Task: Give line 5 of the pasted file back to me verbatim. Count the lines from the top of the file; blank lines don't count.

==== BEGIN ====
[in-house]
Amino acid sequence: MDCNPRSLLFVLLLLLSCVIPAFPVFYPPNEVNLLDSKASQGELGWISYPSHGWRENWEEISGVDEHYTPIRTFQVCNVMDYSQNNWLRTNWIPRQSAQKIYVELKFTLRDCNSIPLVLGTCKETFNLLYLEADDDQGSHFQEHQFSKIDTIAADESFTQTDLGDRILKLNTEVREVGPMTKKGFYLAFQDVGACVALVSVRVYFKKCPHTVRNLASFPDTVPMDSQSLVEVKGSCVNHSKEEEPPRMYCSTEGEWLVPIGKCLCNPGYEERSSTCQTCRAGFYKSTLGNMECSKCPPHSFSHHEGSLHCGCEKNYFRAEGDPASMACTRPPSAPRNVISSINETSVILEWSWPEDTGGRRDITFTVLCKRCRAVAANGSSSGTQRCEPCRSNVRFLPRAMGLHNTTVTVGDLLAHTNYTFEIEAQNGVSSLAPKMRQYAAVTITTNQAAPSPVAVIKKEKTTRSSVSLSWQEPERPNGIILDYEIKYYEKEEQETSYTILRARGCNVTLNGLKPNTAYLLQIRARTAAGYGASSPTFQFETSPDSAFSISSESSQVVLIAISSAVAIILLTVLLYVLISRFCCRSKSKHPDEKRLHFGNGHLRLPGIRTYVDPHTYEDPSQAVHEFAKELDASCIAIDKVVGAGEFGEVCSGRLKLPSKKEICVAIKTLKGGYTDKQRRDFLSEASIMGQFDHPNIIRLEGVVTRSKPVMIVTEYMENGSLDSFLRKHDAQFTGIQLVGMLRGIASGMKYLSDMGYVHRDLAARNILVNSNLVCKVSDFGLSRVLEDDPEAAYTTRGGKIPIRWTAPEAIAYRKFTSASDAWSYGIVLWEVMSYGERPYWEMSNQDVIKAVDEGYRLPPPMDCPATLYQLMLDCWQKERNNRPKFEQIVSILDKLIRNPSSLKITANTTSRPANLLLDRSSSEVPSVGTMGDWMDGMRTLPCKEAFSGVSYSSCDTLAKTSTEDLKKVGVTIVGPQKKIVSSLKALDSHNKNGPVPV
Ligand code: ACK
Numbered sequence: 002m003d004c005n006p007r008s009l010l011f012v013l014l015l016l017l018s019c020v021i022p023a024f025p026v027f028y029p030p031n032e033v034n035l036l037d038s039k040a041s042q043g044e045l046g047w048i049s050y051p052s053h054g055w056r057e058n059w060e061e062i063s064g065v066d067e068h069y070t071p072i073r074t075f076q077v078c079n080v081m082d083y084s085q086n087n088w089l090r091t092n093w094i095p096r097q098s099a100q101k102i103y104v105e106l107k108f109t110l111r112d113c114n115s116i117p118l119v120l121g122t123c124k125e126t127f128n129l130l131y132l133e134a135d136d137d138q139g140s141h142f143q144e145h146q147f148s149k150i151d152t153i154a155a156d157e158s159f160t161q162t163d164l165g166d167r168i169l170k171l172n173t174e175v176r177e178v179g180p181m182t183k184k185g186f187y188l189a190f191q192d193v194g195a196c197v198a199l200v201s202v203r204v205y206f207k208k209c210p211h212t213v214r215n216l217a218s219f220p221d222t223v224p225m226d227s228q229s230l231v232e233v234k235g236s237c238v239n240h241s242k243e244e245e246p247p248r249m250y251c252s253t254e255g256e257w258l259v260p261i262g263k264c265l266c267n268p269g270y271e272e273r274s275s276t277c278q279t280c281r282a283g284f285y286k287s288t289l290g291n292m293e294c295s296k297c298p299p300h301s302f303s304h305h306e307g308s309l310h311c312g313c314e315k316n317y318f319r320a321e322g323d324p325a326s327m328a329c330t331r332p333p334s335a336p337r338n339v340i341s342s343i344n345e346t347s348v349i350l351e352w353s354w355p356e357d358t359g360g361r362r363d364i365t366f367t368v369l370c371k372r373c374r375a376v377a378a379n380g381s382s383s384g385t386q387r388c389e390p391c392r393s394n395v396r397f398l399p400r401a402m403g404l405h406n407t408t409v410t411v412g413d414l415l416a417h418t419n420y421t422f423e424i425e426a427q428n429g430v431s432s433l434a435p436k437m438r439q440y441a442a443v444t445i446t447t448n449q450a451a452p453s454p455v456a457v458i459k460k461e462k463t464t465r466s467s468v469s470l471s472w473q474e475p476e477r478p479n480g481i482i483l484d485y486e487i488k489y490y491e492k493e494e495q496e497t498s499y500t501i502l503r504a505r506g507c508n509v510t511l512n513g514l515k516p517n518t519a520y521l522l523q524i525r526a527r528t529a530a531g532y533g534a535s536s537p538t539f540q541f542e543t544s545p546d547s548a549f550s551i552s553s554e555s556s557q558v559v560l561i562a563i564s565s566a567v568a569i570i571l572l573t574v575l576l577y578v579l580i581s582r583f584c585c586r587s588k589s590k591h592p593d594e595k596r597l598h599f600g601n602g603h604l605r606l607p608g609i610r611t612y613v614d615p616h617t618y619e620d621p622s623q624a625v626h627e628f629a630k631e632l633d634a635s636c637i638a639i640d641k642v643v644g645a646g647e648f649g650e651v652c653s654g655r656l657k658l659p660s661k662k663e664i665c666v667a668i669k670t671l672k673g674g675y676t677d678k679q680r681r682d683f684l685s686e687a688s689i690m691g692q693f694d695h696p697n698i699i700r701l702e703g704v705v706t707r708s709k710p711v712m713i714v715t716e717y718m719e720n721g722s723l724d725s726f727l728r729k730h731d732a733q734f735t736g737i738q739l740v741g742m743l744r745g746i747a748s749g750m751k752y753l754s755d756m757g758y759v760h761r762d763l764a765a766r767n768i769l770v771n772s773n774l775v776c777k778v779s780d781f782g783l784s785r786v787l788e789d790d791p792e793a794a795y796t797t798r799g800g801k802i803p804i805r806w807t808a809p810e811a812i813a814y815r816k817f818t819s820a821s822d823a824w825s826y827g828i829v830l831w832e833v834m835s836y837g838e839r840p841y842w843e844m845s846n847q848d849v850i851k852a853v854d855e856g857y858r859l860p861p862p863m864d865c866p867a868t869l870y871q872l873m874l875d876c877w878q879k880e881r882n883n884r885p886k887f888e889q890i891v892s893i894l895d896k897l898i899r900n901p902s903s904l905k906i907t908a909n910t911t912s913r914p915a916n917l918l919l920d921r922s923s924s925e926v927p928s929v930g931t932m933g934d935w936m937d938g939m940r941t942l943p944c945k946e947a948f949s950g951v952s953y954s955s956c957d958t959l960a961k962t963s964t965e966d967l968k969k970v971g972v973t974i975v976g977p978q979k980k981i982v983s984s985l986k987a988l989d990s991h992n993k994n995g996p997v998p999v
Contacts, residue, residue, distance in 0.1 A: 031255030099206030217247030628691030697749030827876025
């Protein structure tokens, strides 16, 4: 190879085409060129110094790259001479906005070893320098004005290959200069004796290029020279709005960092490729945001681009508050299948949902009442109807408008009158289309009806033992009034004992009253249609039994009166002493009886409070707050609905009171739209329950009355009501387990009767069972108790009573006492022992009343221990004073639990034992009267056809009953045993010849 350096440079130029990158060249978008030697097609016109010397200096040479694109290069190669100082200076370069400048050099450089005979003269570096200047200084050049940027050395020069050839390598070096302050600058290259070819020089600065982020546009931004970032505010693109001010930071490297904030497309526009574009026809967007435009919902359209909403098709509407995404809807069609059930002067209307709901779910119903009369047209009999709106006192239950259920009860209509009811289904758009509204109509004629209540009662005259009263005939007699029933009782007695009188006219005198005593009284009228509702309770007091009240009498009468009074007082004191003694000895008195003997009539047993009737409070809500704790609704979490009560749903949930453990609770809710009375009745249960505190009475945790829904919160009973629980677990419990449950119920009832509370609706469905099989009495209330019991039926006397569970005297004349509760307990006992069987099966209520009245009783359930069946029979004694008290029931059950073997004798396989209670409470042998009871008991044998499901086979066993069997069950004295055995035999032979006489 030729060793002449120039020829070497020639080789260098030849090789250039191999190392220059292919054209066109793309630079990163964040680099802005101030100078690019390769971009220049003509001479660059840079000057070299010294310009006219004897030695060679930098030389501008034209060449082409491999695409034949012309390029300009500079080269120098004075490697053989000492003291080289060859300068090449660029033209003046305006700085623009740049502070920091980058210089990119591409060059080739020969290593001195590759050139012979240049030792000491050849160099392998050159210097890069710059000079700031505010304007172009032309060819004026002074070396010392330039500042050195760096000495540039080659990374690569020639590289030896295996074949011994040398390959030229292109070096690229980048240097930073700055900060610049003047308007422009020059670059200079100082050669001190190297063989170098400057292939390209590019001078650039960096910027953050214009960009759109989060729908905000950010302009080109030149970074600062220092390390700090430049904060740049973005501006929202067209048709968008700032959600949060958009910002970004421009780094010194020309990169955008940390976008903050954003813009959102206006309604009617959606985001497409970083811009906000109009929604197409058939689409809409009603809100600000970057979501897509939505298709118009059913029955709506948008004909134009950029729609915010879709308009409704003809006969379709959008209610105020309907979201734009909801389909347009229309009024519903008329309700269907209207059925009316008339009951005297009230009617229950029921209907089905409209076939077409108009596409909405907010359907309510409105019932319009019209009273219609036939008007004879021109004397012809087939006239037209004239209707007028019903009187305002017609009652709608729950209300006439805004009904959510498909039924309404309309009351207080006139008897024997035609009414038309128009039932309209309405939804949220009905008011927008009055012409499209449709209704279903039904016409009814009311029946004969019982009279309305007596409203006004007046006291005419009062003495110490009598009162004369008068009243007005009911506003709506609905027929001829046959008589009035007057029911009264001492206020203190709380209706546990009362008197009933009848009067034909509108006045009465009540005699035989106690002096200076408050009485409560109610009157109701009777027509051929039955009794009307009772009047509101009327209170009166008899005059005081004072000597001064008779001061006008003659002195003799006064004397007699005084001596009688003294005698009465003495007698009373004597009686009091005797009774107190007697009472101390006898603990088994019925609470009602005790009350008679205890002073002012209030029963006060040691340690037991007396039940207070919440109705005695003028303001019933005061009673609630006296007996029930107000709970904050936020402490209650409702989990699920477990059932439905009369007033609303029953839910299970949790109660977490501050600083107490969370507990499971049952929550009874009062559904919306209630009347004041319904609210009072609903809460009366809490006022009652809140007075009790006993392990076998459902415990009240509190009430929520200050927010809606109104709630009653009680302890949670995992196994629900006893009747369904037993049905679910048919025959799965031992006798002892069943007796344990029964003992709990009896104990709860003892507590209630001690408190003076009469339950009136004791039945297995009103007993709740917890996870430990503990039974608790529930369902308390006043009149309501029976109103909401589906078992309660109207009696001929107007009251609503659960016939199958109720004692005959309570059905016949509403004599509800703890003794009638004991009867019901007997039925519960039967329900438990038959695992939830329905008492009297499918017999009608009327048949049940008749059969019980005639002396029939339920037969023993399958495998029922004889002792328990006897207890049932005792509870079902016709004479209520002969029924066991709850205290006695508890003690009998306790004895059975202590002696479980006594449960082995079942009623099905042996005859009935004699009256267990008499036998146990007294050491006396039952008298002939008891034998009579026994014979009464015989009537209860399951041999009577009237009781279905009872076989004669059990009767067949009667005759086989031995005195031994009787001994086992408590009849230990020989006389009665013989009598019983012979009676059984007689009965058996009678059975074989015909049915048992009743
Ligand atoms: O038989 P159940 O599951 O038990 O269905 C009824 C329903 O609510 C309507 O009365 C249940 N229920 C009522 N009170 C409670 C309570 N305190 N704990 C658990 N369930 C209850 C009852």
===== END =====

Contacts, residue, residue, distance in 0.1 A: 031255030099206030217247030628691030697749030827876025